Nothing's stopping you from creating videos
“Television won't last because people will soon get tired of staring at a plywood box every night.” - Darryl Zanuck, movie producer at 20th Century Fox, 1946.
I’ve always found this quote amusing.
Although it's more than 70 years old, it’s a reminder that despite all the technological advances, our love of box-staring still burns brightly today.
When I first started getting interested in video, it was difficult to make your own. PCs weren’t household items, and my only exposure to camcorders was in the Argos catalogue. To share videos you had to connect two VCRs, make a copy, and then lend the tape to your friends.
But gone are the days when you needed expensive equipment and a TV network to broadcast your ideas and stories. In 2017, 85% of UK adults owned or had use of a smartphone and 90% of households in Great Britain had internet access. An internet-connected smartphone is all you need to get started on creating and broadcasting video content.
Video has become an increasingly popular way to digest content. According to YouTube, 1 billion hours of video are viewed every day on its platform. If you were to sit and watch a billion hours of video, it would take you over 100,000 years.
Personally, Vimeo and YouTube have been great tools for me. I’d like to say I’m self-taught in videography, but the good people of the internet are my real teachers. Video websites, as well as blogs, have been an invaluable resource for me.
Here are some blogs and channels that I’ve found particularly helpful:
I often get asked for advice on starting out in videography. There are a lot of things that come to mind, but having thought extensively about it, my best and most productive advice (and this applies to a lot of aspects of life) is to simply go out and do it. Remember, there will always be an excuse not to do it.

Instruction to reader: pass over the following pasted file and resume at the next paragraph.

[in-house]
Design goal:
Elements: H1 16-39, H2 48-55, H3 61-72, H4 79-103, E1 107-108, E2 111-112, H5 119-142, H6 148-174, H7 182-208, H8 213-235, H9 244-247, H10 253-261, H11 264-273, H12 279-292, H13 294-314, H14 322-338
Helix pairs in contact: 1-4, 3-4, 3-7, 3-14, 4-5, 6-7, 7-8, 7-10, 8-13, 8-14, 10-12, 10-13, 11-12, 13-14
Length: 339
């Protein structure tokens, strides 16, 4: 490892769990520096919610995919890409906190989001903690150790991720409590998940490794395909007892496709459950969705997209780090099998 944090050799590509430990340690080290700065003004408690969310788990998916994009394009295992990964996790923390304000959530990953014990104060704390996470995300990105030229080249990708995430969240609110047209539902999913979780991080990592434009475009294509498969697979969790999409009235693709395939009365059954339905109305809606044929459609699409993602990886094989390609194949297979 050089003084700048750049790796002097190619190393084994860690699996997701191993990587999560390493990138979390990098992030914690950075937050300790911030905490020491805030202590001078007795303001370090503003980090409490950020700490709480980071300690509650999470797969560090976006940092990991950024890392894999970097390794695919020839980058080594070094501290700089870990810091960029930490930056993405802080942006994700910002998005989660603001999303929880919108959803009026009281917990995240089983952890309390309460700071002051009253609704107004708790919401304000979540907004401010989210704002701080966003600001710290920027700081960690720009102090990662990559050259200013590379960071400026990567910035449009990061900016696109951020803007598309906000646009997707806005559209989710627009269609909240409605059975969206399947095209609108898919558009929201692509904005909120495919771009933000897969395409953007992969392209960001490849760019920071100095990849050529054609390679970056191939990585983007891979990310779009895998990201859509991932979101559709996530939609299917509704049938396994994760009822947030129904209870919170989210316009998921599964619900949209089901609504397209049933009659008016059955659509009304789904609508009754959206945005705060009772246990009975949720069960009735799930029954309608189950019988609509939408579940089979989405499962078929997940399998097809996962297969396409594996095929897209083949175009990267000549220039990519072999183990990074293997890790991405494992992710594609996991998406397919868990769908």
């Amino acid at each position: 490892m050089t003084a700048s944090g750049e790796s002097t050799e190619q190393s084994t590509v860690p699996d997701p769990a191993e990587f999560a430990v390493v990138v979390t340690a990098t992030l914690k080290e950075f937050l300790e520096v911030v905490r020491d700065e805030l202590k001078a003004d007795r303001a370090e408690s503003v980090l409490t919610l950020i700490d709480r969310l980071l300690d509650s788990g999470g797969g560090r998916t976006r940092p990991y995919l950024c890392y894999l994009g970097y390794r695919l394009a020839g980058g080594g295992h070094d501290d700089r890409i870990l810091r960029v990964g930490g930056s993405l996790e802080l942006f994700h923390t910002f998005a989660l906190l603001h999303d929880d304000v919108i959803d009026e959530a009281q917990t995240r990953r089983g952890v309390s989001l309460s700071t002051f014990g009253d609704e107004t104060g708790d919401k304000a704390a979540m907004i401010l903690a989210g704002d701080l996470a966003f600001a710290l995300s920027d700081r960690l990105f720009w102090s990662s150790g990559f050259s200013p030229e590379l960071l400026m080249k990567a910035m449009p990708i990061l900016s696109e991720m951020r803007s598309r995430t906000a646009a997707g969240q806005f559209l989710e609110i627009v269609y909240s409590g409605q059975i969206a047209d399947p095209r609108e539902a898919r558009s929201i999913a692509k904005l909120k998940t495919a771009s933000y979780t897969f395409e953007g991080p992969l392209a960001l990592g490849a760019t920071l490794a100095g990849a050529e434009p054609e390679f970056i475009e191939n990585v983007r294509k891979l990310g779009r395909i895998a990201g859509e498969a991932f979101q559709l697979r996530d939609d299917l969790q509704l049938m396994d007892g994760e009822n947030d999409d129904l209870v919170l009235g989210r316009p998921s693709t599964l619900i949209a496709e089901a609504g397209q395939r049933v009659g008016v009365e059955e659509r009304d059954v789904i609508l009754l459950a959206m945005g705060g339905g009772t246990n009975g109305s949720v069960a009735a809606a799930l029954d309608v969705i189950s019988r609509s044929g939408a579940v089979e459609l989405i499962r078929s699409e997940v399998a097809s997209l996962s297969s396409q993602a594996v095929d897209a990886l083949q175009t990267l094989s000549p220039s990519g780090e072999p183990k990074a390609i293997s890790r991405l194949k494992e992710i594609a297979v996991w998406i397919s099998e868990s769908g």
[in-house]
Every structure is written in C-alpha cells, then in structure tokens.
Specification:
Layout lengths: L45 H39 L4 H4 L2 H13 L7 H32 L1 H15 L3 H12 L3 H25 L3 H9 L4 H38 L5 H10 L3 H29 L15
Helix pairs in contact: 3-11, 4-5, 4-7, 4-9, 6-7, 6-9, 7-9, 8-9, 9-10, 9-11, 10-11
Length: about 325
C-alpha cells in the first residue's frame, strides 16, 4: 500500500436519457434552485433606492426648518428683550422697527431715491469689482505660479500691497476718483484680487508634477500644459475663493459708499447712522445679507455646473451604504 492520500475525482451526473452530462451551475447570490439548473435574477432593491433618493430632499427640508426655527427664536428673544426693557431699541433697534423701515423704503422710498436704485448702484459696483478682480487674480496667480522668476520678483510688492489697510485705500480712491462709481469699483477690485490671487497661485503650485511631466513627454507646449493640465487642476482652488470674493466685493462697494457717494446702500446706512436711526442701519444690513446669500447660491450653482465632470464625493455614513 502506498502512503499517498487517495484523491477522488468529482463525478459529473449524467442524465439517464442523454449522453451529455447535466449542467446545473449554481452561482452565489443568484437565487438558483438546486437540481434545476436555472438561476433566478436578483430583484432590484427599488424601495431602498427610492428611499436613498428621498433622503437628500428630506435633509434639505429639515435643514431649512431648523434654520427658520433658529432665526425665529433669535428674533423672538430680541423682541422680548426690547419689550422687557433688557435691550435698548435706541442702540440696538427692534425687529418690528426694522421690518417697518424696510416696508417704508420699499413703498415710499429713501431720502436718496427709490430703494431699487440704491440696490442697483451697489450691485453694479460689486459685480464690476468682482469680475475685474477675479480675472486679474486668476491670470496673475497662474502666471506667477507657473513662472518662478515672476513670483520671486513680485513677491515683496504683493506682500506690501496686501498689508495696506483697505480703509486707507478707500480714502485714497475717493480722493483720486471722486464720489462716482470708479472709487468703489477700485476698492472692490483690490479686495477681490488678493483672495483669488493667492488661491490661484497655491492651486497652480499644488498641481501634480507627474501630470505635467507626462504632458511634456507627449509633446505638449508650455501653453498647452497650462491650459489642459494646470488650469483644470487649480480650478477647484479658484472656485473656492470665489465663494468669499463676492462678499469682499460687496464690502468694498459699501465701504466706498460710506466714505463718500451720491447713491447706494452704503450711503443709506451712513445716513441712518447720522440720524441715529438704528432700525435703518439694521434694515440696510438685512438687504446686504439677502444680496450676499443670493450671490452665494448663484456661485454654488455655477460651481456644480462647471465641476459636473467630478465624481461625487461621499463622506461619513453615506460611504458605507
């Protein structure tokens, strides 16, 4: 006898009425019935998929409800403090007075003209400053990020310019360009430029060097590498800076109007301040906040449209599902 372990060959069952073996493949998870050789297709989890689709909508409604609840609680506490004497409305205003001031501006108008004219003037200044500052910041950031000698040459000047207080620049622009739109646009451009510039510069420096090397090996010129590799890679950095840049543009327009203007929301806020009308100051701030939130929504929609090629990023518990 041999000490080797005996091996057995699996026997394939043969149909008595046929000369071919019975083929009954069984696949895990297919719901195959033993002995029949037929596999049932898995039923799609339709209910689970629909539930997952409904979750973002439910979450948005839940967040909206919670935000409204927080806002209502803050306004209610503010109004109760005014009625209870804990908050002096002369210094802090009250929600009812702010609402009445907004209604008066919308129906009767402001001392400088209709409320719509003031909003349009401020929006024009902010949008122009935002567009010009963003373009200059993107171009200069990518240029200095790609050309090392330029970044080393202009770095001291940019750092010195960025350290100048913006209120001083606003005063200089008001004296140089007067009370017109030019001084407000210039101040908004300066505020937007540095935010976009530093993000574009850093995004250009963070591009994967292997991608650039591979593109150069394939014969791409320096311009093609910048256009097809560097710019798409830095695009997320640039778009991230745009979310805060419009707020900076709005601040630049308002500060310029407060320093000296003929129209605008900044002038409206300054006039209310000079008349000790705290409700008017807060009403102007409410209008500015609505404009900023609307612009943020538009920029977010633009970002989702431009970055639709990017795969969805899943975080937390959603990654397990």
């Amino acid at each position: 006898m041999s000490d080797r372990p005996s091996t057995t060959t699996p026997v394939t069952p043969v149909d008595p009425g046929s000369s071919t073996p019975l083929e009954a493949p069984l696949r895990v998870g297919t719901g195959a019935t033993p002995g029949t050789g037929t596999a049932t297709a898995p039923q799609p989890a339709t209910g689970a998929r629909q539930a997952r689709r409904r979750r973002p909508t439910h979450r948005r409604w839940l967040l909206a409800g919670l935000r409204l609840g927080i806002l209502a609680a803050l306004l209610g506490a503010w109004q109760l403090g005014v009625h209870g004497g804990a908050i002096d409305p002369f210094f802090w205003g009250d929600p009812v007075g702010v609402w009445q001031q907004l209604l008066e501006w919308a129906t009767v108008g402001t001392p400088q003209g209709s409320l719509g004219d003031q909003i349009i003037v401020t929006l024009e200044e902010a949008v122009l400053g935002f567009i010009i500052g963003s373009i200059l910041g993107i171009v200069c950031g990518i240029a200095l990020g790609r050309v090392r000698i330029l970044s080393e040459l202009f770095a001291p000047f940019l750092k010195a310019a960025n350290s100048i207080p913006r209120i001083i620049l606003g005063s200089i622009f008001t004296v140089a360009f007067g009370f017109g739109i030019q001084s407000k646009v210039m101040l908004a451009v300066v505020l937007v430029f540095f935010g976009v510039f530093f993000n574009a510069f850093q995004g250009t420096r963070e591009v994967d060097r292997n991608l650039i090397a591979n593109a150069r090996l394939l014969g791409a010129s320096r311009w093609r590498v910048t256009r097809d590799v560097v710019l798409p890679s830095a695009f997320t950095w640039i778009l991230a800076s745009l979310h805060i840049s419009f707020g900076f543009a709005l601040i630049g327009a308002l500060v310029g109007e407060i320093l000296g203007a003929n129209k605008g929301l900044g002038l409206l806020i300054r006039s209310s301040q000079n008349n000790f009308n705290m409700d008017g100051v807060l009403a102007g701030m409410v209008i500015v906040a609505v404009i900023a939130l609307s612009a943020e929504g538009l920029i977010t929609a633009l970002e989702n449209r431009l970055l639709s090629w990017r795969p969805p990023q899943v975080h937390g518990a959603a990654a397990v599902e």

You can make videos about anything, and it doesn’t have to be the most interesting subject matter - I recently made a video about pancakes being tossed.
Start by going through your phone’s photo folder and looking at what photos you’re already taking. Whether they're landscapes, cats, friends, holidays, etc... the next time you go to take a photo, stop and stick your phone into video mode instead. Sure, you’re unlikely to create anything Oscar-winning, but it’s to get your feet wet and most importantly to have fun.
I’ve been running video workshops in Digital and the wider business at DLG to give people a better understanding of the video making process. The hope is to empower people to go out and make their own videos. I go through basic video principles, planning, composition, equipment and editing.
When coming up with the idea of running the workshop, I initially thought it would be a good idea to make a video about how to make a video. Attendees would then be able to reference the video when they needed to. However, I didn’t want people to passively take in the information. I’m a firm believer that the best way of learning is by doing, so in the workshop, I get people to make a video about how to make a video.
Here’s a short mashup video of what people on my workshop have come up with:
So, if you fancy making a video or are interested in the process, get in touch (firstname.lastname@example.org) and I’ll sort something out.